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Ji-Yun Lee

Ji-Yun Lee

Ji-Yun Lee (b. 1980) is a Korean-Australian composer originally from Seoul who is now an Australian citizen. She aims to create a cross-cultural fusion of music that draws together Asian aesthetic values with European orientated contemporary music techniques. In her music she seeks to create a oneness that speaks to both Eastern and Western peoples whilst evoking a spiritual dimension. In this sense her music is born of a world music vision.

Ji-Yun undertook performance and composition studies at the interculturally focussed University of Western Sydney, completing her initial studies with a Bachelor of Music with first class honours in 2003. She was placed on the Dean’s Merit Order list in 2003 and was earlier awarded the Lawrie Brooks Award by the University. Her composition teachers have included Diana Blom, Andree Grenwell and Bruce Crossman. Currently she is a candidate for the degree of Doctor of Creative Arts at the University of Western Sydney studying with Bruce Crossman and world music percussionist, Michael Atherton.

Ji-Yun's music expresses a strong Catholic Christian faith integrated with a Korean identity. The Catholicism is evident in her compassionate wish to create a music, which supports migrant people who experience difficulties in living in a different cultural environment. She aims to evoke a cultural nostalgia in her work as a "little present" to speak to migrants as well as introduce Anglo-European people to Asian cultural values. A member of Sydney's Korean Catholic community, Ji-Yun sees Catholicism as a way of maintaining a sense of belonging in a predominantly Western society. This spirituality she views as finding expression via Korean musical and aesthetic values in her composition. In particular, she seeks to musically evoke an intercultural 'oneness' or 'wholeness' that touches on the spiritual. In this sense her composition Drama in Silence embodies both Korean traditional instrumentation and those from western culture. Korean samulnori-like oneness climaxes frame the work at the beginning and end.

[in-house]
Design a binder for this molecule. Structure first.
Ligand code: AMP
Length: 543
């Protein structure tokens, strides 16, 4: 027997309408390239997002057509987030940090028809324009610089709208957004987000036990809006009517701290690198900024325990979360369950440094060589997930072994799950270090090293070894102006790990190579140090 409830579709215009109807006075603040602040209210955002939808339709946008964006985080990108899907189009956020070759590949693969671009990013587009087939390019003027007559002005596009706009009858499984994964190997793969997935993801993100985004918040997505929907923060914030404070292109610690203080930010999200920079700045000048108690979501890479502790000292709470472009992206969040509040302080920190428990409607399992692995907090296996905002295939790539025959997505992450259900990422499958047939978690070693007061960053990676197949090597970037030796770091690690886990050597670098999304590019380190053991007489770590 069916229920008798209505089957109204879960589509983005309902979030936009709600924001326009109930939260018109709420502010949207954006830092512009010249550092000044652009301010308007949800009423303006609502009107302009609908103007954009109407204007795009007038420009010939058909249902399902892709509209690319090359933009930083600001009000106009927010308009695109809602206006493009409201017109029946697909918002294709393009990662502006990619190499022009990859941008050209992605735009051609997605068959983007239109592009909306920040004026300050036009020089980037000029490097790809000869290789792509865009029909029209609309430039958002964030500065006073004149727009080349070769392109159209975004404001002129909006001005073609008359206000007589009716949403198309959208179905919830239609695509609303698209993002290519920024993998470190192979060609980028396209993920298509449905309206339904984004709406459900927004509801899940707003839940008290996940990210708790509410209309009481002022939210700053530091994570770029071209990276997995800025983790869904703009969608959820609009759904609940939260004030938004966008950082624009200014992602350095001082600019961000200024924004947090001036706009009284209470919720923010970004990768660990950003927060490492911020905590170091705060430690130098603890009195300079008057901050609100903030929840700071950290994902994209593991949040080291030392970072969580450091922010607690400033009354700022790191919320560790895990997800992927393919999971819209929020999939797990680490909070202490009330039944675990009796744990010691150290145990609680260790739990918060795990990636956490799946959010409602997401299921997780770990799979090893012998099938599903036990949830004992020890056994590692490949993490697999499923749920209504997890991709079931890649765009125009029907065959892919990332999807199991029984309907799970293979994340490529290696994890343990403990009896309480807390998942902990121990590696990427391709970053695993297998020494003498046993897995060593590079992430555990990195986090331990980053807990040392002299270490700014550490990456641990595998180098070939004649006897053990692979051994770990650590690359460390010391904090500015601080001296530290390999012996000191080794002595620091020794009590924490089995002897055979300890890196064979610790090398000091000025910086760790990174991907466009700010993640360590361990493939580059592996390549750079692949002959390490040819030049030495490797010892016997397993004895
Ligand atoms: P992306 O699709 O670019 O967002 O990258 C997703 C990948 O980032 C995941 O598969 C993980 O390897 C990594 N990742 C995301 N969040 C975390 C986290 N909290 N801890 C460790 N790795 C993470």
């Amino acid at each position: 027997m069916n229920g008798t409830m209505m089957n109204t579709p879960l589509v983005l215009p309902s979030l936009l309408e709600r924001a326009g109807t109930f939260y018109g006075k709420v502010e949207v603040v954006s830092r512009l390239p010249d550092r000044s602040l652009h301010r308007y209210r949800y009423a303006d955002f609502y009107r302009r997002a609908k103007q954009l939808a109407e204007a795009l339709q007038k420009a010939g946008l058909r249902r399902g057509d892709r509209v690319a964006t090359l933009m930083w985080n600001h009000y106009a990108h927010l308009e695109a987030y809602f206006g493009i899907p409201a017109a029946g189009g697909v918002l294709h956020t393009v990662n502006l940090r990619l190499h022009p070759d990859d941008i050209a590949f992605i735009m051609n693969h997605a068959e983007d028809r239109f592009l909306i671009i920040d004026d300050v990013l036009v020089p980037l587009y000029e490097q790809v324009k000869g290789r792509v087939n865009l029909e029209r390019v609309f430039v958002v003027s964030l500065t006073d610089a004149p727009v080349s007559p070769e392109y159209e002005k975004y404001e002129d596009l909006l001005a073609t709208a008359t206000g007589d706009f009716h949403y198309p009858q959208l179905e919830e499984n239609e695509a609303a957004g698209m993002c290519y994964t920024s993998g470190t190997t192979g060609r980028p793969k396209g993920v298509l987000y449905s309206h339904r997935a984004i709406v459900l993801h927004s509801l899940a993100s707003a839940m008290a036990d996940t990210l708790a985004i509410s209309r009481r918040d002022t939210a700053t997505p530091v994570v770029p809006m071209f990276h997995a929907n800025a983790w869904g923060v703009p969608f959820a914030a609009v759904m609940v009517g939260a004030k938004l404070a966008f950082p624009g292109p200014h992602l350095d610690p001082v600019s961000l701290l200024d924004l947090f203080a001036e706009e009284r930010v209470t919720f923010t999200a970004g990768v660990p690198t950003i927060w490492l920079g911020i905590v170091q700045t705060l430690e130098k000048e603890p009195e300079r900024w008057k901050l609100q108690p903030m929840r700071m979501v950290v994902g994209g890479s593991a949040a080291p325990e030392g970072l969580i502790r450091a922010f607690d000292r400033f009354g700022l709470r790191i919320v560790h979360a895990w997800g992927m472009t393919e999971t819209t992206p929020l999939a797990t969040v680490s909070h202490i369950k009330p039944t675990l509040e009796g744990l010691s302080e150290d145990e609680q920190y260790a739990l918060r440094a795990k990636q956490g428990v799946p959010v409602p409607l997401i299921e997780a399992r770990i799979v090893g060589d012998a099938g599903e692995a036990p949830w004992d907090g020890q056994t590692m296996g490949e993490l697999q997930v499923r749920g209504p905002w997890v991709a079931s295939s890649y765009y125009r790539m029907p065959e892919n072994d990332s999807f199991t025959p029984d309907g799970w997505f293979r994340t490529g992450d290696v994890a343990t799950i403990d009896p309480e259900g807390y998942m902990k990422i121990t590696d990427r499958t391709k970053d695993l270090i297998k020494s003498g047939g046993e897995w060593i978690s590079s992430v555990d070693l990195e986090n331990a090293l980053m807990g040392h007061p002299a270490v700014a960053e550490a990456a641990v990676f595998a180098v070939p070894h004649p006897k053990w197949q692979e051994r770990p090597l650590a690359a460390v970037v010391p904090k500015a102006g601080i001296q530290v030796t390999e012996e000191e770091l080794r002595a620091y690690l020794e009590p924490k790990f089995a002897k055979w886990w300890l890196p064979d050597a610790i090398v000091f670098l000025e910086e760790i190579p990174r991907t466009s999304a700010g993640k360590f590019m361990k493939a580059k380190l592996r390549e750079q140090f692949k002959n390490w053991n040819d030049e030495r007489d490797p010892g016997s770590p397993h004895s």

A fluent pianist, Ji-Yun has performed her cross-cultural compositions with Sydney ensemble Charisma and maintains a strong interest in feminine intercultural identity in her creative work. She presented a refereed paper on this subject at the 2004 Symposium of the International Musicological Society in Melbourne. She is especially interested in integrating traditional Korean musics with contemporary techniques in her music.

Outside composition, Ji-Yun leads a busy life as the keyboard accompanist for the Korean Catholic Church in Silverwater as well as enjoying the multi-cultural restaurant scene in Sydney's inner west, and is especially fond of the tasty zing of kimchi.

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